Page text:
5 WILLIAM bONAC
From left: Justin Compton, Josh Lenartowicz, Roelly Winklaar, Cedric McMillan.
Josh Lenartowicz, Justin Compton, and Nathan DeAsha highlighted a superb rookie class. I had DeAsha in Compton’s 10 spot.
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trademark shots to creed’s “Who’s Got my Back?” you could imagine it was 20 years ago and he was in his prime and contending for the Sandow. But of course we were all a lot younger then. COMPETITOR NO. 19 “obviously, a lot of people in this show have great quad development, and i didn’t think mine was lacking size. i just felt
like i was lacking the density and the maturity, and now that i’m 36 i needed to take advantage of these maturity years,” Phil Heath said backstage on Saturday when it was clear he was going to win. “So we really used different types of rep ranges, lots of eccentric movements, lots of holds, and a lot of recovery through dynamic stretching. i actually started researching different types of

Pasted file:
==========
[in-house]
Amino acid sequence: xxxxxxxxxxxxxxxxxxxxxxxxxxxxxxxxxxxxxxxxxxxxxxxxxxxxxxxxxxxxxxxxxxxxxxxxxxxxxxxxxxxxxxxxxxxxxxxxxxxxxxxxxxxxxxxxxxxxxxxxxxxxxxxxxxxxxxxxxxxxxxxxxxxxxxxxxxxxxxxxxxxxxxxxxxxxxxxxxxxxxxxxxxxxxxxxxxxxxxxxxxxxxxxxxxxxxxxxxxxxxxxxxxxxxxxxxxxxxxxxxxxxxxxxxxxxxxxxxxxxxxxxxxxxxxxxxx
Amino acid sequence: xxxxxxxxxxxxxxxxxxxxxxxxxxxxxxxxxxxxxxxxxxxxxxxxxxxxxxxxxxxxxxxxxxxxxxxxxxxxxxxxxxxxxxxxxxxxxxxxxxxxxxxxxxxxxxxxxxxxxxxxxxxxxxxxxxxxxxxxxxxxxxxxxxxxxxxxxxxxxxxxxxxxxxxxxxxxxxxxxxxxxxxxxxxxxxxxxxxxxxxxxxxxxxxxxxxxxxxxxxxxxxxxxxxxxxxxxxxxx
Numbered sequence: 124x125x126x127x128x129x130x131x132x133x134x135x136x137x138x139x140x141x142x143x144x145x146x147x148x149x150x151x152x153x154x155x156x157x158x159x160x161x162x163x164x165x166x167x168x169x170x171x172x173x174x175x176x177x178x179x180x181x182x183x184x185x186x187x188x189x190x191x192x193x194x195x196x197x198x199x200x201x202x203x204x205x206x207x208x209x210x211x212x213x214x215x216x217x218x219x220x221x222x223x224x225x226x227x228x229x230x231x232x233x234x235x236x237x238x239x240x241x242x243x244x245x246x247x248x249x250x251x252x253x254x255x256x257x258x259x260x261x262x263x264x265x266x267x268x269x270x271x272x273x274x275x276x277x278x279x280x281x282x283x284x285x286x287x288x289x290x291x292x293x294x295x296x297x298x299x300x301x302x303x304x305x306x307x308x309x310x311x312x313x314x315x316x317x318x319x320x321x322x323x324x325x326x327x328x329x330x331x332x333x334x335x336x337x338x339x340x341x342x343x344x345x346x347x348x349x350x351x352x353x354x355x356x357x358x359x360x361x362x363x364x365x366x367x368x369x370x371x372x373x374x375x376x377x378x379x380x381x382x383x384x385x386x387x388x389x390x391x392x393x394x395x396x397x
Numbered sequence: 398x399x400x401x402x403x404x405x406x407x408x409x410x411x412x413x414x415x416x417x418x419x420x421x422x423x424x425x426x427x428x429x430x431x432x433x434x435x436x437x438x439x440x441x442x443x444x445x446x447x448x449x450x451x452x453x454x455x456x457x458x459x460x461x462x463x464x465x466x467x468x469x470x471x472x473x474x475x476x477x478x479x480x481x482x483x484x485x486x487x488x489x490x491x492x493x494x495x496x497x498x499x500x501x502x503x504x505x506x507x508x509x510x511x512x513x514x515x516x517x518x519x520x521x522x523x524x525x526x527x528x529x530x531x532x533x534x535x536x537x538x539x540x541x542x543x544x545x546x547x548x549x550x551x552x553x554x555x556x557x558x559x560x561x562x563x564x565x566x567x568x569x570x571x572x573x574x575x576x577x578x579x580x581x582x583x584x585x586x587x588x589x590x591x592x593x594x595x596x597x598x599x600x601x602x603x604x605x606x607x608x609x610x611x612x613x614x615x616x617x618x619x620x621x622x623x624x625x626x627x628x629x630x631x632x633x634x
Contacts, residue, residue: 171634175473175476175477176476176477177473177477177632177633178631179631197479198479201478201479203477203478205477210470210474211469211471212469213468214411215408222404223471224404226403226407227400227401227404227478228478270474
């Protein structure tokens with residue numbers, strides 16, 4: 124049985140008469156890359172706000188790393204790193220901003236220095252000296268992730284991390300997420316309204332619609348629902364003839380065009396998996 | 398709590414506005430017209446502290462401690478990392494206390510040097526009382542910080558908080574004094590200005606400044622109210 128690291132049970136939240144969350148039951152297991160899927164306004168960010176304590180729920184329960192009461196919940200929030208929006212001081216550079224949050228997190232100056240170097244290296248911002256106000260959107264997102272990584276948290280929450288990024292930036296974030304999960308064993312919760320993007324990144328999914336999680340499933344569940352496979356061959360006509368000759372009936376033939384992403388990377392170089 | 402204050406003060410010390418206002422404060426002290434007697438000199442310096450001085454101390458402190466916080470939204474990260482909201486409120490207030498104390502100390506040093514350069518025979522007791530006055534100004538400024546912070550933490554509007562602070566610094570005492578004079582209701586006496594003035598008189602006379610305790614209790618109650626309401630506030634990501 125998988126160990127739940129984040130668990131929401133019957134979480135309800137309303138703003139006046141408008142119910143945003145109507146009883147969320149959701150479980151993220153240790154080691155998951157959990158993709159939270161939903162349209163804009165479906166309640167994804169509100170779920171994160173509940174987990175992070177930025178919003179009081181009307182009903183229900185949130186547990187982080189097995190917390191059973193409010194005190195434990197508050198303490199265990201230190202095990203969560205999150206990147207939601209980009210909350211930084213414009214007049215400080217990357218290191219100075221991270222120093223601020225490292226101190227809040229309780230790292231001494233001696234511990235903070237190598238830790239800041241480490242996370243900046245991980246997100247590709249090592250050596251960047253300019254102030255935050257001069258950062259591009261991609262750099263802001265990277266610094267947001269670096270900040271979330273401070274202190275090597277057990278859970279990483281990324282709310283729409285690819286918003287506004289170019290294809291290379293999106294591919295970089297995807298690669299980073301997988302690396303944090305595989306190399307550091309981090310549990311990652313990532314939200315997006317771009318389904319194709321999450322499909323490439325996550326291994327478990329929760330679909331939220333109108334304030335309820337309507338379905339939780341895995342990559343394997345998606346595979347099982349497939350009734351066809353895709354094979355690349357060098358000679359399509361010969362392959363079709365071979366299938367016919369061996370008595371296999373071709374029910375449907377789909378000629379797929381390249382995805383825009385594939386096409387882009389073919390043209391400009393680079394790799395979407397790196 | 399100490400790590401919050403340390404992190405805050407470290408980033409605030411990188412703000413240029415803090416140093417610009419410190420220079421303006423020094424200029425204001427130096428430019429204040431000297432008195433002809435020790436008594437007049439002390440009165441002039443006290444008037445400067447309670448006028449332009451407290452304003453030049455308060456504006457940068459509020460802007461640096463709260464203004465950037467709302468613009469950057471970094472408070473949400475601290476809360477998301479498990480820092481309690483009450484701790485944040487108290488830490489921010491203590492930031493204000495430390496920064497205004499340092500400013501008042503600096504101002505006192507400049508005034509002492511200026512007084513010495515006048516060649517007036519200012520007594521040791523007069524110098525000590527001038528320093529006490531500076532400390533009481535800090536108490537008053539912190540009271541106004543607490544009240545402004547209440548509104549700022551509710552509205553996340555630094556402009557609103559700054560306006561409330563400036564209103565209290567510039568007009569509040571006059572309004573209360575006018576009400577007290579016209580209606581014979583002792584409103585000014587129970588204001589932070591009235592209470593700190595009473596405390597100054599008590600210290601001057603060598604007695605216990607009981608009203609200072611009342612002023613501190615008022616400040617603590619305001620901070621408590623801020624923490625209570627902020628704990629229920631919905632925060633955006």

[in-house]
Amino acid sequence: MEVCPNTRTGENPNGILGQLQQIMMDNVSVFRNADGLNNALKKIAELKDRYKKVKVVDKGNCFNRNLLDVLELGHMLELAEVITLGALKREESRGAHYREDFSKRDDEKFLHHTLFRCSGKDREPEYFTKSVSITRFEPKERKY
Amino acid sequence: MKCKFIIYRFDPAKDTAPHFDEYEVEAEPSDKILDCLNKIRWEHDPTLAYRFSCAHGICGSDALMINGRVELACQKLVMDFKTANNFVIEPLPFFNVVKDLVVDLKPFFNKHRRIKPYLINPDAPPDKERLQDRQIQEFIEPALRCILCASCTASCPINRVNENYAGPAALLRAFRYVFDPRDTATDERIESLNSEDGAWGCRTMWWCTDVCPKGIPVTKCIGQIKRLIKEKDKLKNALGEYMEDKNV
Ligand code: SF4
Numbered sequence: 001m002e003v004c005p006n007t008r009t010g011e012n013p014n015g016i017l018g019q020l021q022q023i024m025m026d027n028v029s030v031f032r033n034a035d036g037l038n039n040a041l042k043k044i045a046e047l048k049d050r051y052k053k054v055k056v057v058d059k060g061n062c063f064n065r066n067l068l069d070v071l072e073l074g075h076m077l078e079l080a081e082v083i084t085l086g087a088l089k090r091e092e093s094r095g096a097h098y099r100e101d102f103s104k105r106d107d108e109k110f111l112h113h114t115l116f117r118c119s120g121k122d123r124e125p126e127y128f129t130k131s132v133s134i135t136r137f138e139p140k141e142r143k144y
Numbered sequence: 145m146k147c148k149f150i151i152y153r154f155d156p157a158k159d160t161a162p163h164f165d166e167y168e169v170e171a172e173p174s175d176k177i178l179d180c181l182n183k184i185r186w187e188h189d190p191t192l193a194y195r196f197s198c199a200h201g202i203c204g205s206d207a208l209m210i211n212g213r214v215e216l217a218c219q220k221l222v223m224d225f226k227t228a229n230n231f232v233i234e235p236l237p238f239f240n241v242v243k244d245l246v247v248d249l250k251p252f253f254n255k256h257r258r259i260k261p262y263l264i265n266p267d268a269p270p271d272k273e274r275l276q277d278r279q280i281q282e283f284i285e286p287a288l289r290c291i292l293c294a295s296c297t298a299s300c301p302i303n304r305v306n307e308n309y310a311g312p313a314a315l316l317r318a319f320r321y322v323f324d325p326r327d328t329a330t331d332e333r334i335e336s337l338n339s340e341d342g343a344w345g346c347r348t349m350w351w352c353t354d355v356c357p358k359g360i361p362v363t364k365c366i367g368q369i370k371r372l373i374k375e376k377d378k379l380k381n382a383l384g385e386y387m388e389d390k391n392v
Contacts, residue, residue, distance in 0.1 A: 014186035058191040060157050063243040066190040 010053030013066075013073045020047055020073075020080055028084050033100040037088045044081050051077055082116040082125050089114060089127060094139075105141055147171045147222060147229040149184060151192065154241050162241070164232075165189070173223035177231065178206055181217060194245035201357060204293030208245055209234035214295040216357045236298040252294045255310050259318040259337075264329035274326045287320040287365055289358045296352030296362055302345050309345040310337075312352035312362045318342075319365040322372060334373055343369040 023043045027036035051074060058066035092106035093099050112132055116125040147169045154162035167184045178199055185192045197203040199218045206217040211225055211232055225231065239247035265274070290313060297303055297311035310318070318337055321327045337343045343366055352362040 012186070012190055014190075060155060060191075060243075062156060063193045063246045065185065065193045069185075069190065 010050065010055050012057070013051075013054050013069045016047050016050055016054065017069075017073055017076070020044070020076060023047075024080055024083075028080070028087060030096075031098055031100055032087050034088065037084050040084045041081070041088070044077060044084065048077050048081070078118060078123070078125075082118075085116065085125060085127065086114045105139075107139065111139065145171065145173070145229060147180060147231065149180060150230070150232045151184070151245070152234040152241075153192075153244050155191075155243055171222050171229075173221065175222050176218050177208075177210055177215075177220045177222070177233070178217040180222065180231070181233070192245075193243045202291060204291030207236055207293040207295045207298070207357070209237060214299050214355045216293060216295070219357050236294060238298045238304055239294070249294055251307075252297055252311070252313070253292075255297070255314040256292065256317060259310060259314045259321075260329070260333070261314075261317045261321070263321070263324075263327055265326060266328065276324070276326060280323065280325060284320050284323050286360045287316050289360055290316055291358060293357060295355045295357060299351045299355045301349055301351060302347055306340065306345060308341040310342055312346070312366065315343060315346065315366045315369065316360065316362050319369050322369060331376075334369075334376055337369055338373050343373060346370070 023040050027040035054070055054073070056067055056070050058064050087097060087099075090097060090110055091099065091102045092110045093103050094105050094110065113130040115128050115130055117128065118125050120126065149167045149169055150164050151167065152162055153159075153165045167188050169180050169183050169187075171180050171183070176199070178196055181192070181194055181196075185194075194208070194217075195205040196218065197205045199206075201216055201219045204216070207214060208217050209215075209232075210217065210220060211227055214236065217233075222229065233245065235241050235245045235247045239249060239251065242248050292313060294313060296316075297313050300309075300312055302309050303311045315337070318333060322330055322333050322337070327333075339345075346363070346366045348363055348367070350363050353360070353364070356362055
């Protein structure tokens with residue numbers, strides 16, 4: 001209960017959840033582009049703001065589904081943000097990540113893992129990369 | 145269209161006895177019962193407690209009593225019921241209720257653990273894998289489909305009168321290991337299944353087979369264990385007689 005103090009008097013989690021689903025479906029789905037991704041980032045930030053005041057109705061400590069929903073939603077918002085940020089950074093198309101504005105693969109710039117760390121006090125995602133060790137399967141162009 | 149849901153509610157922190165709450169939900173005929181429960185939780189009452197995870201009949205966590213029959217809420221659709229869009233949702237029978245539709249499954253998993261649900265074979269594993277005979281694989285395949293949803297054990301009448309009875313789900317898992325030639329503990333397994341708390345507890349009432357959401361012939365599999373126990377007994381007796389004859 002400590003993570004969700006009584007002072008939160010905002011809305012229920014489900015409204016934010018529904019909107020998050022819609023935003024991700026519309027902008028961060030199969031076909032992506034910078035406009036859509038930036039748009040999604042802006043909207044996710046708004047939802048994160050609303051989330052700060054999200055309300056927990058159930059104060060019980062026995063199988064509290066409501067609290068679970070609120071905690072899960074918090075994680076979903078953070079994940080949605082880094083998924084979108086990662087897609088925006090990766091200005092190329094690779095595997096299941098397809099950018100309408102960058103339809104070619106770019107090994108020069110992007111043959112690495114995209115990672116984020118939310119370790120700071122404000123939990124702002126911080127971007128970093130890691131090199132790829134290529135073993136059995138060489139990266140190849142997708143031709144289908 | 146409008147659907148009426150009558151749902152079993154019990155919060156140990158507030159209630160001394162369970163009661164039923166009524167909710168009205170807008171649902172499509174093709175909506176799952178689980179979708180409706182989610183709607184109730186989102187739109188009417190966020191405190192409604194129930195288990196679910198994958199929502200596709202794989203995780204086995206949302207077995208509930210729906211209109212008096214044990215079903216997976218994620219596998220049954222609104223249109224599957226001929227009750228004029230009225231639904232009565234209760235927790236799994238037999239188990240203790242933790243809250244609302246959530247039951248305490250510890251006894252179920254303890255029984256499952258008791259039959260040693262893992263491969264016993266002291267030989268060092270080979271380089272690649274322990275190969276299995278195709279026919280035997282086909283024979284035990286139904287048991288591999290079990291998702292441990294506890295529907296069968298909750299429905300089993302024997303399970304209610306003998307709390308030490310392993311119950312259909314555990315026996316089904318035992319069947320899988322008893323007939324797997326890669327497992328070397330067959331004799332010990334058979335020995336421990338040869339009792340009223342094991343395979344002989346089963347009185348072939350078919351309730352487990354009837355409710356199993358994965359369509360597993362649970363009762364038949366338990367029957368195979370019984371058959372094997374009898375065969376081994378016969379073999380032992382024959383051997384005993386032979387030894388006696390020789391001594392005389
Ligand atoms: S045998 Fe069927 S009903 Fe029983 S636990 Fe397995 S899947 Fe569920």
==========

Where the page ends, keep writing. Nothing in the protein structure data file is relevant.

stretching techniques, and i realized i was so bound up that i wasn’t able to grow. “Glute work was really important this year. A lot of times i’d avoid the glute machines because they’re usually dominated by bikini competitors, but i realized if i got stronger glutes i could do better squats, so i could actually have a denser look from behind at a higher weight. normally, to get
striated glutes i have to drop weight and really kill myself on the cardio. i didn’t have to do that this time, because i was doing more leg training.” The now six-time mr. o hit legs twice weekly in 2016, the only body part he doubled up on, and, including quadriceps, hamstrings, glutes, and calves, sometimes with as many as 25 exercises. As a result, his lower body was noticeably fuller. As
OTHER THINGS Although it was clear from callouts that he wasn’t in the top six, McMillan sullenly milked the crowd for boos after his seventh-place announcement.